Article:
Boeing’s 787 Dreamliner has won the 2011 Collier Trophy, capping a year that saw the heavily hyped aeroplane finally enter commercial service but continue to face production snags.
The Collier Trophy, an annual award presented by the US National Aeronautics Association, recognises “the greatest achievement in aeronautics or astronautics in America.” First awarded in 1911, past winners of the trophy have included Orville Wright, the crew of Apollo 11 and Boeing’s 747 and 777 airliners.
“The men and women of Boeing, working with our partners around the world, poured their hearts into designing, building and delivering the 787 Dreamliner,” Boeing CEO Jim Albaugh said in a statement. “It was a long and sometimes difficult journey. We’re deeply honoured to receive this award.”
The carbon composite built 787 promises a 20 per cent improvement in fuel efficiency, and its appeal to airlines facing spiralling fuel costs has given it a buzz rivalled by few other aircraft in recent history. To date, Boeing says, 868 787s have been ordered by 60 customers.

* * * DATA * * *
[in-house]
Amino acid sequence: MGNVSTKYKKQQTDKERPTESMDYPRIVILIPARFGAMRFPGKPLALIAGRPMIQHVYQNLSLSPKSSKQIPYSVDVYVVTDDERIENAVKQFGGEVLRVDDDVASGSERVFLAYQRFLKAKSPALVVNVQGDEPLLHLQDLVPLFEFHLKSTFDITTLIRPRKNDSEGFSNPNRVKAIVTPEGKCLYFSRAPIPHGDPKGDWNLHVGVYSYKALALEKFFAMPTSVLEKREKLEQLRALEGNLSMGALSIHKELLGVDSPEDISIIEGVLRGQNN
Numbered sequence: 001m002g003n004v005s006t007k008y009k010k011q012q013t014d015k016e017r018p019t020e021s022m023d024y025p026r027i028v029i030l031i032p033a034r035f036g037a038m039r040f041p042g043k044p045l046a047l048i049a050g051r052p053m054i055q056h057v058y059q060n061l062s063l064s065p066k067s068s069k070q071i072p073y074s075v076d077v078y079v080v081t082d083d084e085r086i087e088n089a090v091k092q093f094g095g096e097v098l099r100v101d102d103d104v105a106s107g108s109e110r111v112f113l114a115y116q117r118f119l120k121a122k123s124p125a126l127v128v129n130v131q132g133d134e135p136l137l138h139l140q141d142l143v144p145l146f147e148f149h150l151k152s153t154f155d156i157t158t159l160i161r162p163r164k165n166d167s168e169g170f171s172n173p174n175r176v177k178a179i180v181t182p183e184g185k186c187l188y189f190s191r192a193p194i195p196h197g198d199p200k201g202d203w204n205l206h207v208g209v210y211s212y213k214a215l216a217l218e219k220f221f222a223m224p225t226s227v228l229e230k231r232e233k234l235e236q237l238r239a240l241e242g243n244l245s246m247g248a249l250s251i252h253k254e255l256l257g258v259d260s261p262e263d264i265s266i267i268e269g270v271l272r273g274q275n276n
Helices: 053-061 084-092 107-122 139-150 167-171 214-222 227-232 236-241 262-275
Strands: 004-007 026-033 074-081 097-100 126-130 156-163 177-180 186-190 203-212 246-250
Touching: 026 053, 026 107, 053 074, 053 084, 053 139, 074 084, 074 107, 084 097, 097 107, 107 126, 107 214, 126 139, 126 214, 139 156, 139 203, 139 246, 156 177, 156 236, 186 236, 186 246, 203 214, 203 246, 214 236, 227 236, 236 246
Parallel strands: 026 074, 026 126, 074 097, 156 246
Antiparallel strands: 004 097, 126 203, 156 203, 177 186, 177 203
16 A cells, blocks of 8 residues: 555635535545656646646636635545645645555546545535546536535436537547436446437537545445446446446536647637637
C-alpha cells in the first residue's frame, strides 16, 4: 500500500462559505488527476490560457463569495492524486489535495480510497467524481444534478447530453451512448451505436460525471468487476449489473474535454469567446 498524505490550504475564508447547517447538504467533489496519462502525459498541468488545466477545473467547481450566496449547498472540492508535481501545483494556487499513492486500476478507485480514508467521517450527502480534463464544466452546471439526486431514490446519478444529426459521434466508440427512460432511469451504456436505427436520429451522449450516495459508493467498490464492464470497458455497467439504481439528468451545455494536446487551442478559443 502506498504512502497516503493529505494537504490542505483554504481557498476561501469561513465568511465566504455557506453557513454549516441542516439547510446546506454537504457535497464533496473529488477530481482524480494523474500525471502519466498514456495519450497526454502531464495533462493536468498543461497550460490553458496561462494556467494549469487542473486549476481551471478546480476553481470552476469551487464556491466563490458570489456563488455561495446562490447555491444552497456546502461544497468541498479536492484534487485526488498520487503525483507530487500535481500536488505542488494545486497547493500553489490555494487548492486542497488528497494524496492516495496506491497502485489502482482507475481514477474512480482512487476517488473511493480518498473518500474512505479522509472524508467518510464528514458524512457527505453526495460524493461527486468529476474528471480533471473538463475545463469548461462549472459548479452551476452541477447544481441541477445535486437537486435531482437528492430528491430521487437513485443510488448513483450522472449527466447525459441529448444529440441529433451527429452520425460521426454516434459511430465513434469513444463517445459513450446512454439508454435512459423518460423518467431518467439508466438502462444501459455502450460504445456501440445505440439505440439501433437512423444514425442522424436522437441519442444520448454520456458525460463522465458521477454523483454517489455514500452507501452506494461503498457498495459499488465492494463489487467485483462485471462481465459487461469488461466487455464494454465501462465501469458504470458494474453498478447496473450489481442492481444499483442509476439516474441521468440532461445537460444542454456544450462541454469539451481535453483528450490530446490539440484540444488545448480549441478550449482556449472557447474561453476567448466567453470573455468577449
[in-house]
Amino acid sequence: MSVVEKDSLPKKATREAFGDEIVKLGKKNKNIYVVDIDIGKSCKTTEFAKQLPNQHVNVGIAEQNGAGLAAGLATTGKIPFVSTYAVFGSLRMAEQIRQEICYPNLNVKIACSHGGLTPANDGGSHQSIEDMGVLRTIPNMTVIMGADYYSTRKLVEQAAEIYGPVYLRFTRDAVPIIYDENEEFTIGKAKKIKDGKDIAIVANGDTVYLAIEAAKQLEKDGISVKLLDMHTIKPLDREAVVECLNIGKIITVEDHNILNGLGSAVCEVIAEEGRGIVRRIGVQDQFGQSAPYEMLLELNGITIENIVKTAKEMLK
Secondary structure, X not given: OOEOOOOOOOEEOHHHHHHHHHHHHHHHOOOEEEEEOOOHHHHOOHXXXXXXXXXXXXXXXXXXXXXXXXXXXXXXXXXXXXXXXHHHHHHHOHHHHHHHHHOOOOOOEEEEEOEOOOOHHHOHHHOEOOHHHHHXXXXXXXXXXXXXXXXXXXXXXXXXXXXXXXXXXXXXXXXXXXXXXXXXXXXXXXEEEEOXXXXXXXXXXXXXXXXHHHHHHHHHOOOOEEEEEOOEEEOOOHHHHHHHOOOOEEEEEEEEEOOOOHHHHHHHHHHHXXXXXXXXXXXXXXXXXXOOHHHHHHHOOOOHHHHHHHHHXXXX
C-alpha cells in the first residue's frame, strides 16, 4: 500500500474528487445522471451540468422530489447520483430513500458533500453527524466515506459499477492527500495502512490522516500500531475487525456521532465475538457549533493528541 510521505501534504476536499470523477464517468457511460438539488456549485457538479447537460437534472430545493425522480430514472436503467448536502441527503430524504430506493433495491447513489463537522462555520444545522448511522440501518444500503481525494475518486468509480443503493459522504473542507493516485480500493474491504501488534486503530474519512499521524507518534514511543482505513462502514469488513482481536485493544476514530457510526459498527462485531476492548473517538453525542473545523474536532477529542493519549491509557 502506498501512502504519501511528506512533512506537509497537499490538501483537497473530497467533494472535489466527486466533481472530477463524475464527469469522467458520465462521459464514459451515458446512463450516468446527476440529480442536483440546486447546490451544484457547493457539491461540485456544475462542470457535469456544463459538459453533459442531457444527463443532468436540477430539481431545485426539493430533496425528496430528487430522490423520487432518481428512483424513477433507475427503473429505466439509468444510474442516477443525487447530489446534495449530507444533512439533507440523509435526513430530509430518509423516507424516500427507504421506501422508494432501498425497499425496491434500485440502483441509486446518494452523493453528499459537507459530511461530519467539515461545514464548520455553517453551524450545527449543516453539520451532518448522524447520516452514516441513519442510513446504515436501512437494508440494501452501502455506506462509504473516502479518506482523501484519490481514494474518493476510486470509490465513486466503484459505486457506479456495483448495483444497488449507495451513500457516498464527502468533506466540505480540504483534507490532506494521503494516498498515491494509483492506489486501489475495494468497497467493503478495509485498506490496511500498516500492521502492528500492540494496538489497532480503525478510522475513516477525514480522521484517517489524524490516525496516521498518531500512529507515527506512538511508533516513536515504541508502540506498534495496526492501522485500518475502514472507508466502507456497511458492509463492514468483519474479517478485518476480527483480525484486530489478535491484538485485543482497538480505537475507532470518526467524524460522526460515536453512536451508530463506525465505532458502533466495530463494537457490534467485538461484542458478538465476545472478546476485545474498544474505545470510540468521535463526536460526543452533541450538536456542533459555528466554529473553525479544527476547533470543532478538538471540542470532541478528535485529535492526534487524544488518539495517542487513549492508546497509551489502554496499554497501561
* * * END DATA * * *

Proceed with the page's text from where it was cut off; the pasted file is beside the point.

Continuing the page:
But the 787 has faced a long series of production delays and setbacks. Launch customer All Nippon Airlines began commercial service with the aircraft in October, about 40 months later than originally scheduled. Last month, Boeing said it would be forced to fix a flawed section of the rear fuselage of already assembled 787s, though it said the problem would not hamper plans to ramp up production.
Further delays would be certain to anger airlines already frustrated by the slow pace of 787 production. Air India this week said it was seeking nearly $1 billion in compensation from Boeing over delayed deliveries. The airline said Boeing had agreed to a $500 million pay-out, a claim Boeing disputed.
Air India expects to take delivery of seven 787s over the next year. Boeing dispatched an Air India- liveried 787 to Hyderabad this week for the India Aviation 2012 airshow.